Quant is weird. If you are good at it, you just are. If you do not grow early into your preparation, however, quant can be very difficult to improve on no matter how many questions you solve. Here are three common problems that are most often ignored by students.

**Your calculations are slow.**

GMAT is extremely time intensive. Also, given the adaptive nature of the paper, you must get through the easier questions quickly to stand a chance with the tougher ones. That means you have to be both precise and very nimble with your calculations. When was the last time you worked on quick additions or multiplication though? High school, right? Exactly. Start mentally calculating difficult calculations. You don’t need an app or a tutor for that. Just sit, throw yourself random numbers, and check your accuracy and speed.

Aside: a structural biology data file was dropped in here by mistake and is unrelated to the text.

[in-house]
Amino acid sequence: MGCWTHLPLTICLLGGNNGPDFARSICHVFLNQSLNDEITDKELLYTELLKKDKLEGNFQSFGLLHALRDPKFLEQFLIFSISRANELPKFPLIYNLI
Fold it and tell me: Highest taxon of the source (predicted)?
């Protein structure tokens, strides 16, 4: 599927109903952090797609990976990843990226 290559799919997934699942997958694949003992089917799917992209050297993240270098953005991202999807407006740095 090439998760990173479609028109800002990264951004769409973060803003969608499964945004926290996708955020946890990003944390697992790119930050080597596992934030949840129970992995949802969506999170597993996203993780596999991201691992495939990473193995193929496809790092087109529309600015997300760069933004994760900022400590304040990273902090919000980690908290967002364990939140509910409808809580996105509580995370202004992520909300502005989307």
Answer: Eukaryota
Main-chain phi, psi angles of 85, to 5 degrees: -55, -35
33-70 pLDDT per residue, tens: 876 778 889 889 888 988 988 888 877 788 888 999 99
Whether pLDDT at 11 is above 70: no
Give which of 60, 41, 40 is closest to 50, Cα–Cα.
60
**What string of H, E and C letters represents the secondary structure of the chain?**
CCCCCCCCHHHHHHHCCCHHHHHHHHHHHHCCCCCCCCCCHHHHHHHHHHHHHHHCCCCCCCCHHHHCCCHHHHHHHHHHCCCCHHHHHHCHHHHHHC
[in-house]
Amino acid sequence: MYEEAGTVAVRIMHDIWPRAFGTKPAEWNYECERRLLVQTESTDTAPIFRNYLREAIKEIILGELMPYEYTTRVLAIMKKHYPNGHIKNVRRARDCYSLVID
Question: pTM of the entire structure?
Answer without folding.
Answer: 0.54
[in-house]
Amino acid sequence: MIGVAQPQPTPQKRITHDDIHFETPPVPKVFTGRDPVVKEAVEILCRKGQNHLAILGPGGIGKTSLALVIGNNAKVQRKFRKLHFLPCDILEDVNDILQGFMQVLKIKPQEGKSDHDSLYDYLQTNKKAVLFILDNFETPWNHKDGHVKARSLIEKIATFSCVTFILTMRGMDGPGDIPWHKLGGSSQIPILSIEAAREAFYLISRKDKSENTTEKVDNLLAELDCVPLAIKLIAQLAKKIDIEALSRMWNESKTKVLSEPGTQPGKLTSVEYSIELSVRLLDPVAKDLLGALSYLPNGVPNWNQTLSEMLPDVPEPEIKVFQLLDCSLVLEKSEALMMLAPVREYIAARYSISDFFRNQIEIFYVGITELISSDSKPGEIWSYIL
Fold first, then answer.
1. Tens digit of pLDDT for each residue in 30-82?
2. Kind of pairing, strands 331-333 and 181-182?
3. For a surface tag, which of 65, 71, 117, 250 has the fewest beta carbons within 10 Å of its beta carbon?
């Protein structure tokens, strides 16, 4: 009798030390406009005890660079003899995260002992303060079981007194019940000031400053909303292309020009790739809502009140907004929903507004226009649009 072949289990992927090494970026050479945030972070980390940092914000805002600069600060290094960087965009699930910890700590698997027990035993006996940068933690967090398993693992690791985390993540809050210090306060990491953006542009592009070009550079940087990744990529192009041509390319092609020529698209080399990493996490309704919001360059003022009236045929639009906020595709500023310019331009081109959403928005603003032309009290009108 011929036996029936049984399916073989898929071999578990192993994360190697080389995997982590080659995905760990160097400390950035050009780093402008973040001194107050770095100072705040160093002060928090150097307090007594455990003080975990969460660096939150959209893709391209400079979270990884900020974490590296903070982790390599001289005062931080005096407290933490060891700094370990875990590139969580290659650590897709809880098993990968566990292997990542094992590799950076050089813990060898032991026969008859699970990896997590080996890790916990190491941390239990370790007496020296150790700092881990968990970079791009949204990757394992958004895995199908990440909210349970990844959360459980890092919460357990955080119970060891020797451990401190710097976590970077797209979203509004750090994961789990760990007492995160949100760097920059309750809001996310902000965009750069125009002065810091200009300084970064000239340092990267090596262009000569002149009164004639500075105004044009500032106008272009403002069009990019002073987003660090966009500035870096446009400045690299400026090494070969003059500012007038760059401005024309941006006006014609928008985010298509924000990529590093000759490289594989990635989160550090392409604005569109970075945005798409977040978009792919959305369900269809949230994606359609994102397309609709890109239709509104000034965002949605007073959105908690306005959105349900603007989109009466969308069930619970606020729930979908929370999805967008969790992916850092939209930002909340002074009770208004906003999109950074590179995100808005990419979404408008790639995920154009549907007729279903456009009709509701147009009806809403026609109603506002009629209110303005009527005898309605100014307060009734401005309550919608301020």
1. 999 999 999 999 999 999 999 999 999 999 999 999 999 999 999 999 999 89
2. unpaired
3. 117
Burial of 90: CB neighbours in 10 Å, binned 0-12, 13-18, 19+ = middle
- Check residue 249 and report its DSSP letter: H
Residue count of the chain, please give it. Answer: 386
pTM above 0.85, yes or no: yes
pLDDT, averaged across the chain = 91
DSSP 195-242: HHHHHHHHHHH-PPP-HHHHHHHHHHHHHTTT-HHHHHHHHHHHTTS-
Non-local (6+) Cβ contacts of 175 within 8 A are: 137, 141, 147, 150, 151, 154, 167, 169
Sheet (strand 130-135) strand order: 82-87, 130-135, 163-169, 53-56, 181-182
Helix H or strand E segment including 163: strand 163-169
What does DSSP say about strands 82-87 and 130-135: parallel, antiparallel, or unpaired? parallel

2. **You know the syllabus but not the foundations it is built on. **

The official guide outlines the chapters that are the core of GMAT quant. However, these chapters are built on simpler concepts. For example, Mixtures and Work Rate are built on the Unitary system. Sadly, few institutes would even introduce this idea as part of the syllabus. Pick up a foundational book from your boards exams and revise these basics. You will find that you feel much more confident with the paper.

3. **You find it difficult to mix concepts.**

This is for those looking to get a 49 or above in quant. As you get your questions right, the GMAT increases the difficulty of questions. It does so by mixing chapters. For example, a speed distance question that relies on your understanding of co-ordinate geometry to figure out the path taken. If you have only been practicing ‘question types’ , you will find this intuitive jump nearly impossible to make. So, make sure you learn the premises of each topic and build an understanding of the logic to maths. Do NOT try to pick up formulas for different question types if you are aiming higher than a 650.